The class 91 electric loco's and the Mk4 carriages that make up the electric trains have had plans drawn up for a full refurbishment - the 91's will get a second pantograph fitted so that if the primary one gets ripped off on the wires the secondary one will go up and the train will continue.

Capacity issues that could be looked at include the flat crossways at Newark, as this reduces capacity on both lines significantly. In addition, building platforms at Northallerton Low Level would increase capacity as Middlesbrough and Sunderland services could use those platforms thereby freeing up the mainline for faster trains to go past whilst a train was waiting at low level.
The problem with the overhead wires has been caused by the government at the time of electrification cheapskating the works and so it was all done on a budget... we have catenary-style power line suspension equipment as compared to the west coast which has the wires hung from steel girders - the result on the east coast being the wires come down every time a cow f@rts in the wrong direction. The class 91 electric loco's and the Mk4 carriages that make up the electric trains have had plans drawn up for a full refurbishment - the 91's will get a second pantograph fitted so that if the primary one gets ripped off on the wires the secondary one will go up and the train will continue. Capacity issues that could be looked at include the flat crossways at Newark, as this reduces capacity on both lines significantly. In addition, building platforms at Northallerton Low Level would increase capacity as Middlesbrough and Sunderland services could use those platforms thereby freeing up the mainline for faster trains to go past whilst a train was waiting at low level. Magicman!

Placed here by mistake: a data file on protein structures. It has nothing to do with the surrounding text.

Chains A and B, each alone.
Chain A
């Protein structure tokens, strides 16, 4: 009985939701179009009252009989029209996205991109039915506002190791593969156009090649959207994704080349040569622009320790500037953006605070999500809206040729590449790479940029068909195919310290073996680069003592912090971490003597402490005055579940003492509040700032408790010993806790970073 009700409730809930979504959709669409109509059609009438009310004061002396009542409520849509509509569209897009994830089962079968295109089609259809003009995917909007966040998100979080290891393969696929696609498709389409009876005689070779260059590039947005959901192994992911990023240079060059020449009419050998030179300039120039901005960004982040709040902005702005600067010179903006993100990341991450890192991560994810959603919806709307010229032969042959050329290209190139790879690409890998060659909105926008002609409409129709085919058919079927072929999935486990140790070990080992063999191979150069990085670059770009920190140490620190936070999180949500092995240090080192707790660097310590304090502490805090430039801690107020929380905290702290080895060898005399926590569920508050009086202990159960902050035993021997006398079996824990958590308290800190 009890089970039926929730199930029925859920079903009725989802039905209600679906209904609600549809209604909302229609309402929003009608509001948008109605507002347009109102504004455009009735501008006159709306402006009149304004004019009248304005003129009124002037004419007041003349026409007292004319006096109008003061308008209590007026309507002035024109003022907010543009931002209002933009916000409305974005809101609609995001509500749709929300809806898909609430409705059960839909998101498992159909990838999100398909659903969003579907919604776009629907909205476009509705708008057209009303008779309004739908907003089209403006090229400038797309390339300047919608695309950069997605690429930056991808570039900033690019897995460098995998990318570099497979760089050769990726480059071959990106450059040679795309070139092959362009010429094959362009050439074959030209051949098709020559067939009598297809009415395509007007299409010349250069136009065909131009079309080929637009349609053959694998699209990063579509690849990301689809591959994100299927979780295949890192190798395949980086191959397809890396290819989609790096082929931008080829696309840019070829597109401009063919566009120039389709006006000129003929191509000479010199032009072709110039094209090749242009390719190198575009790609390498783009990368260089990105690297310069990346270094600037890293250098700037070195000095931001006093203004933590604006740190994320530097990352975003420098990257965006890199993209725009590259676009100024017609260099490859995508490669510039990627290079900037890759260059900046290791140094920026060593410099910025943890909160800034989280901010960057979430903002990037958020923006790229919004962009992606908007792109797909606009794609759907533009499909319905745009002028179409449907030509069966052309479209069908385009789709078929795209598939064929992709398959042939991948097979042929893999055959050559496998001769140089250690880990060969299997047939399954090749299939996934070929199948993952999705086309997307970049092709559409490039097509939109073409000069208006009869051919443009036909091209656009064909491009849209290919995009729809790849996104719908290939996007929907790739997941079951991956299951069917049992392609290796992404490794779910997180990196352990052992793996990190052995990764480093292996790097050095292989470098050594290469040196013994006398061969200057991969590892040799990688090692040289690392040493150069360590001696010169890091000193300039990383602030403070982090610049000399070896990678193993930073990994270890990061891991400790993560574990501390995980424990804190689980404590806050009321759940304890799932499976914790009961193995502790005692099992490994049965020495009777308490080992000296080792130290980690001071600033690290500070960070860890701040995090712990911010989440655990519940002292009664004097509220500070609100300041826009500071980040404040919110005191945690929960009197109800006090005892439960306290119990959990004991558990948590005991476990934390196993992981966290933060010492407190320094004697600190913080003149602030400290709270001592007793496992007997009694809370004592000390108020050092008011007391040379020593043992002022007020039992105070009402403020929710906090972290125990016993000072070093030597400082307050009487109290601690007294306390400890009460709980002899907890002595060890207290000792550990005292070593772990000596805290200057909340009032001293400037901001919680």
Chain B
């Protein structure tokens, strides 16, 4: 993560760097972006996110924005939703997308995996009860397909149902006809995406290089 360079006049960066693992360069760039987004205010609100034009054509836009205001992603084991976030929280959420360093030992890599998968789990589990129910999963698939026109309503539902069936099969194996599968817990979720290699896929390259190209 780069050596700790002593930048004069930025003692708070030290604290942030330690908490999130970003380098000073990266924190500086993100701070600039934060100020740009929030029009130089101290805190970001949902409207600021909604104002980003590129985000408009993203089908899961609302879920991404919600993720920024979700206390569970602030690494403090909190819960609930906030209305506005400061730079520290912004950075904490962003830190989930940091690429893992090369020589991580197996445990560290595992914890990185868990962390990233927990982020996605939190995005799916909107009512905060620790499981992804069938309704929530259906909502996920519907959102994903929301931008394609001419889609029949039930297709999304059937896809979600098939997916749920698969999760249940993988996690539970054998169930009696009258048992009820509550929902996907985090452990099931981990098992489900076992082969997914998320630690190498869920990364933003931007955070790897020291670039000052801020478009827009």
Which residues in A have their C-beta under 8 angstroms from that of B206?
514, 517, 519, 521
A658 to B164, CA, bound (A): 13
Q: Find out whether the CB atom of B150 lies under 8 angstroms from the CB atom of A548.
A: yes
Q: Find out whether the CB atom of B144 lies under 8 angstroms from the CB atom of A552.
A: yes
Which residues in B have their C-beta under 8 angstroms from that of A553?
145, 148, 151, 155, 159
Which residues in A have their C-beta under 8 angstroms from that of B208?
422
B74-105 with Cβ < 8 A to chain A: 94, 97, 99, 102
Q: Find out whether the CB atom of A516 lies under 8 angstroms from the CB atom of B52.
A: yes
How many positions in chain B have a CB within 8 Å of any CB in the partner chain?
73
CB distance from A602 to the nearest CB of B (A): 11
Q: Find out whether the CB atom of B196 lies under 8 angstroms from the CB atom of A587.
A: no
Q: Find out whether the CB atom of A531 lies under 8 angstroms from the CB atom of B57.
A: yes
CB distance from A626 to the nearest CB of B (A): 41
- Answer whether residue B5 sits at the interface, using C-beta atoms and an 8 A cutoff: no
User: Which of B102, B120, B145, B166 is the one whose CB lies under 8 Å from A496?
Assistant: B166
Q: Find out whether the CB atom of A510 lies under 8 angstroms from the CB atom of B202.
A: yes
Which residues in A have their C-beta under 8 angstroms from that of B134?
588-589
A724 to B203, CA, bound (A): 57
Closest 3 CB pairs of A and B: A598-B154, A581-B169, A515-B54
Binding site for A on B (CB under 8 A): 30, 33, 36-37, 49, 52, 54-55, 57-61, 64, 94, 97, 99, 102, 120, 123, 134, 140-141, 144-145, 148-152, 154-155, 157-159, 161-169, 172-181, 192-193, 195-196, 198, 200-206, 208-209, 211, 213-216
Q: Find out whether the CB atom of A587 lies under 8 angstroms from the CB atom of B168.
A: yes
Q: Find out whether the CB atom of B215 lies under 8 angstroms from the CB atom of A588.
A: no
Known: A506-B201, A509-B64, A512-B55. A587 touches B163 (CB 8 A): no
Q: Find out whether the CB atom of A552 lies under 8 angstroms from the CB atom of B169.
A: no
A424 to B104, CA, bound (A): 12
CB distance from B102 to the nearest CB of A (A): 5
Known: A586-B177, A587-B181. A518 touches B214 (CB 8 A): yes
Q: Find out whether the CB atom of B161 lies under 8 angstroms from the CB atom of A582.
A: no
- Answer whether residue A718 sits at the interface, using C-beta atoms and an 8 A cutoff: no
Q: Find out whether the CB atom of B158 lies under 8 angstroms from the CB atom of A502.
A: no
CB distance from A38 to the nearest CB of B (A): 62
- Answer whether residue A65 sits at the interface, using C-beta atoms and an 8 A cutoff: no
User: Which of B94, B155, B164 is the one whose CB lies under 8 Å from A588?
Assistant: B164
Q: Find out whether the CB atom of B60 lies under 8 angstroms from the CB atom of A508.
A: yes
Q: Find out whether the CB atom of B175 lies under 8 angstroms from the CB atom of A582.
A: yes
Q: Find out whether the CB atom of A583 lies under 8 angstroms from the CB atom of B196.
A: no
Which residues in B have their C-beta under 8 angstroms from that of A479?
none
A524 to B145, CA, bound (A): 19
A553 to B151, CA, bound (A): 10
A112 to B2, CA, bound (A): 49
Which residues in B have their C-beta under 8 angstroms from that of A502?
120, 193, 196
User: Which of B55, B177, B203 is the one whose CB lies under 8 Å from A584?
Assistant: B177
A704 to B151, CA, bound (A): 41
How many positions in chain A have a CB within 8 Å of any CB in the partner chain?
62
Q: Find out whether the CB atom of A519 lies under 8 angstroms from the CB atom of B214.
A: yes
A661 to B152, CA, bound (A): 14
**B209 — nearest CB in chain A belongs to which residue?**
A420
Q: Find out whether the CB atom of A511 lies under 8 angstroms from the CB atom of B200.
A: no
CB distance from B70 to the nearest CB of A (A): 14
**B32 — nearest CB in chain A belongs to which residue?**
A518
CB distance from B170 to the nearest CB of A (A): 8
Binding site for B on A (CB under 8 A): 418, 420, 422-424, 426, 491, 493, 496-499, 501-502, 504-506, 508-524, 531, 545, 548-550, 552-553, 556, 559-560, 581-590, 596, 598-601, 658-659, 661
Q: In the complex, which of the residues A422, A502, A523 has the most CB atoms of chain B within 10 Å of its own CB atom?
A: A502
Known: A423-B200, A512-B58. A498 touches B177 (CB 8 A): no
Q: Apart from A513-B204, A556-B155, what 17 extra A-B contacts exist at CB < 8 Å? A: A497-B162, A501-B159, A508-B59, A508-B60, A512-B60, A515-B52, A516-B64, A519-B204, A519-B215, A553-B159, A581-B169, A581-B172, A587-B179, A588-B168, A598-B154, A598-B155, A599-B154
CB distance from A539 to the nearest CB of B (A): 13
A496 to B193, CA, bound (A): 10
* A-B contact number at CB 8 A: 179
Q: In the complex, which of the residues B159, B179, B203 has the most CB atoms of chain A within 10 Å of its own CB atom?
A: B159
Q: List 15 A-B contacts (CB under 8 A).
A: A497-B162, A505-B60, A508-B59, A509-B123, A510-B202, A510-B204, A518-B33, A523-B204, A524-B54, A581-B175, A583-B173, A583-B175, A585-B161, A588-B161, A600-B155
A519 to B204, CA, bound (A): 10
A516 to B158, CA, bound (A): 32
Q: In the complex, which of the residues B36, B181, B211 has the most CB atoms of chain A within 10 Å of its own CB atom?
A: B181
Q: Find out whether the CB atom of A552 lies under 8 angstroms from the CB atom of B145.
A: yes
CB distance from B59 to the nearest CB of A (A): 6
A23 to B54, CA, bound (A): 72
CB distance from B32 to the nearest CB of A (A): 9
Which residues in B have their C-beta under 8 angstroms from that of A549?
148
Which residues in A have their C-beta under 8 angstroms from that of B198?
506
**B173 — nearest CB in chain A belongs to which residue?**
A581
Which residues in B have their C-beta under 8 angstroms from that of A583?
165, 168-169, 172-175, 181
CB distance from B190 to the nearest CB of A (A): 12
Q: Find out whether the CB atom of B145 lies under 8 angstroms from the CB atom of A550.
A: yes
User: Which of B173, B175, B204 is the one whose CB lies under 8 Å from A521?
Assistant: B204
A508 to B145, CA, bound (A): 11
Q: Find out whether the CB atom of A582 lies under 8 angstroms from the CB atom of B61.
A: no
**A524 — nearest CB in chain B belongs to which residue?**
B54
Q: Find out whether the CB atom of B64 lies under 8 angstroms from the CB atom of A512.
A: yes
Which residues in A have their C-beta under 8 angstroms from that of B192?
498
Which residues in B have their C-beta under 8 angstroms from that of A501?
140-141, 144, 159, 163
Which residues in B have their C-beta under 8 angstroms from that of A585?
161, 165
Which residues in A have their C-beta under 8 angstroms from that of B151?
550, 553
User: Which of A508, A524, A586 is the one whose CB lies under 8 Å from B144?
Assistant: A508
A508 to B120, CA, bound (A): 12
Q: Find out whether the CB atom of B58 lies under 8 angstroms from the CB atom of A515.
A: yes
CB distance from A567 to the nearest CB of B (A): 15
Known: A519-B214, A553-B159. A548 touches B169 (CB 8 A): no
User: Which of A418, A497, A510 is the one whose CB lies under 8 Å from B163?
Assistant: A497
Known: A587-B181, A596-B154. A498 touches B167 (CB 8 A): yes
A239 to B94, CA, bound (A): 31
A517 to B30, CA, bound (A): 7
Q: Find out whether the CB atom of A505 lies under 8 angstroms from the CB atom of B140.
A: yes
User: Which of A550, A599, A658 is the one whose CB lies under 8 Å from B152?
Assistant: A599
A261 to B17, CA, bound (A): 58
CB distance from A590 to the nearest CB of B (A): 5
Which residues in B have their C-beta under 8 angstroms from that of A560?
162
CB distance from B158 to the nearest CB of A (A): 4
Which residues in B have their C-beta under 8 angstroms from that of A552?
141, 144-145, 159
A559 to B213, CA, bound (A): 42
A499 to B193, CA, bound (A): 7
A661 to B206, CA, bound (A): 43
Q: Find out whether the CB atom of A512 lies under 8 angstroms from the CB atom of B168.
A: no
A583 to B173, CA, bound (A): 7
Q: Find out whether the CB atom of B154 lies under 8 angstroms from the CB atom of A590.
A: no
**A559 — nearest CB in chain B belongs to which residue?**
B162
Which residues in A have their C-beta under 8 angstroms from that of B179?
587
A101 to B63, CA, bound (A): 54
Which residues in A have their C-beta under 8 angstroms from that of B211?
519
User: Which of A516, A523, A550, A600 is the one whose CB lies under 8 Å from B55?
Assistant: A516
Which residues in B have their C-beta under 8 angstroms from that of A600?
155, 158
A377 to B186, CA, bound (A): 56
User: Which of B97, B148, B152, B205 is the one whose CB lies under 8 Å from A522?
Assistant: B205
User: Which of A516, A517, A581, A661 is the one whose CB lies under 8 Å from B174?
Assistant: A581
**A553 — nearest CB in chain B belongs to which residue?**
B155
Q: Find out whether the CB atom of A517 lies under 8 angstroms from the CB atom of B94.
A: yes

• Score: 0